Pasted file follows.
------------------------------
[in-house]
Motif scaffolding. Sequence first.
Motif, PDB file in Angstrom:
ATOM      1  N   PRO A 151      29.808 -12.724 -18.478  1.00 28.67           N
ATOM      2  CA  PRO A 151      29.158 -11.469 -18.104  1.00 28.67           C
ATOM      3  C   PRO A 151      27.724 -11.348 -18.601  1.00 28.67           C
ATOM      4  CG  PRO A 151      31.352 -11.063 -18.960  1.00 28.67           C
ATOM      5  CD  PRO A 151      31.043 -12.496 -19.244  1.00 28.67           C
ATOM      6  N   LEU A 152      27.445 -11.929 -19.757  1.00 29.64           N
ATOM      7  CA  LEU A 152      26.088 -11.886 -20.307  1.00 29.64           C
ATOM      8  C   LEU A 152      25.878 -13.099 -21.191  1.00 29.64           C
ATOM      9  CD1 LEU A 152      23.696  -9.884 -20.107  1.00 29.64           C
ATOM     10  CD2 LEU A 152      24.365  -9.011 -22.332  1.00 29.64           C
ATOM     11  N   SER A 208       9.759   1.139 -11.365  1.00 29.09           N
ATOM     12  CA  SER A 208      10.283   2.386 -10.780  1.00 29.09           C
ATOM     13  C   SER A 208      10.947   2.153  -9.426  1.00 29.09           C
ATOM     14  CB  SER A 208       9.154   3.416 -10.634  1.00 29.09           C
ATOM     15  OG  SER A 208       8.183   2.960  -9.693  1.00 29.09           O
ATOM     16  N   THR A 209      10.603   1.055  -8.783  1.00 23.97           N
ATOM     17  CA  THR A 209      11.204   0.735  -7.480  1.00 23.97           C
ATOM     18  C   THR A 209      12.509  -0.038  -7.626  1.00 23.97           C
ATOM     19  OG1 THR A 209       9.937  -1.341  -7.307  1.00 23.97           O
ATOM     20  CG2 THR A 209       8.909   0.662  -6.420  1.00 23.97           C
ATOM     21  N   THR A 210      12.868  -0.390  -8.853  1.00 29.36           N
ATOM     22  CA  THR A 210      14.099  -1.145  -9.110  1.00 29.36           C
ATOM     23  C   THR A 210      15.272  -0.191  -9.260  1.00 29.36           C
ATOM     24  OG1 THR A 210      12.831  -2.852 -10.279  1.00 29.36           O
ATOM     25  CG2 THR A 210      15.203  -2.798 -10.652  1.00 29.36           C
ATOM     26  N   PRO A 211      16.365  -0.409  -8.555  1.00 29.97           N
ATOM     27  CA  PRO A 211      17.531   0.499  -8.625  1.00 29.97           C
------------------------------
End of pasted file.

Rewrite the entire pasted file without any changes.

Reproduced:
[in-house]
Motif scaffolding. Sequence first.
Motif, PDB file in Angstrom:
ATOM      1  N   PRO A 151      29.808 -12.724 -18.478  1.00 28.67           N
ATOM      2  CA  PRO A 151      29.158 -11.469 -18.104  1.00 28.67           C
ATOM      3  C   PRO A 151      27.724 -11.348 -18.601  1.00 28.67           C
ATOM      4  CG  PRO A 151      31.352 -11.063 -18.960  1.00 28.67           C
ATOM      5  CD  PRO A 151      31.043 -12.496 -19.244  1.00 28.67           C
ATOM      6  N   LEU A 152      27.445 -11.929 -19.757  1.00 29.64           N
ATOM      7  CA  LEU A 152      26.088 -11.886 -20.307  1.00 29.64           C
ATOM      8  C   LEU A 152      25.878 -13.099 -21.191  1.00 29.64           C
ATOM      9  CD1 LEU A 152      23.696  -9.884 -20.107  1.00 29.64           C
ATOM     10  CD2 LEU A 152      24.365  -9.011 -22.332  1.00 29.64           C
ATOM     11  N   SER A 208       9.759   1.139 -11.365  1.00 29.09           N
ATOM     12  CA  SER A 208      10.283   2.386 -10.780  1.00 29.09           C
ATOM     13  C   SER A 208      10.947   2.153  -9.426  1.00 29.09           C
ATOM     14  CB  SER A 208       9.154   3.416 -10.634  1.00 29.09           C
ATOM     15  OG  SER A 208       8.183   2.960  -9.693  1.00 29.09           O
ATOM     16  N   THR A 209      10.603   1.055  -8.783  1.00 23.97           N
ATOM     17  CA  THR A 209      11.204   0.735  -7.480  1.00 23.97           C
ATOM     18  C   THR A 209      12.509  -0.038  -7.626  1.00 23.97           C
ATOM     19  OG1 THR A 209       9.937  -1.341  -7.307  1.00 23.97           O
ATOM     20  CG2 THR A 209       8.909   0.662  -6.420  1.00 23.97           C
ATOM     21  N   THR A 210      12.868  -0.390  -8.853  1.00 29.36           N
ATOM     22  CA  THR A 210      14.099  -1.145  -9.110  1.00 29.36           C
ATOM     23  C   THR A 210      15.272  -0.191  -9.260  1.00 29.36           C
ATOM     24  OG1 THR A 210      12.831  -2.852 -10.279  1.00 29.36           O
ATOM     25  CG2 THR A 210      15.203  -2.798 -10.652  1.00 29.36           C
ATOM     26  N   PRO A 211      16.365  -0.409  -8.555  1.00 29.97           N
ATOM     27  CA  PRO A 211      17.531   0.499  -8.625  1.00 29.97           C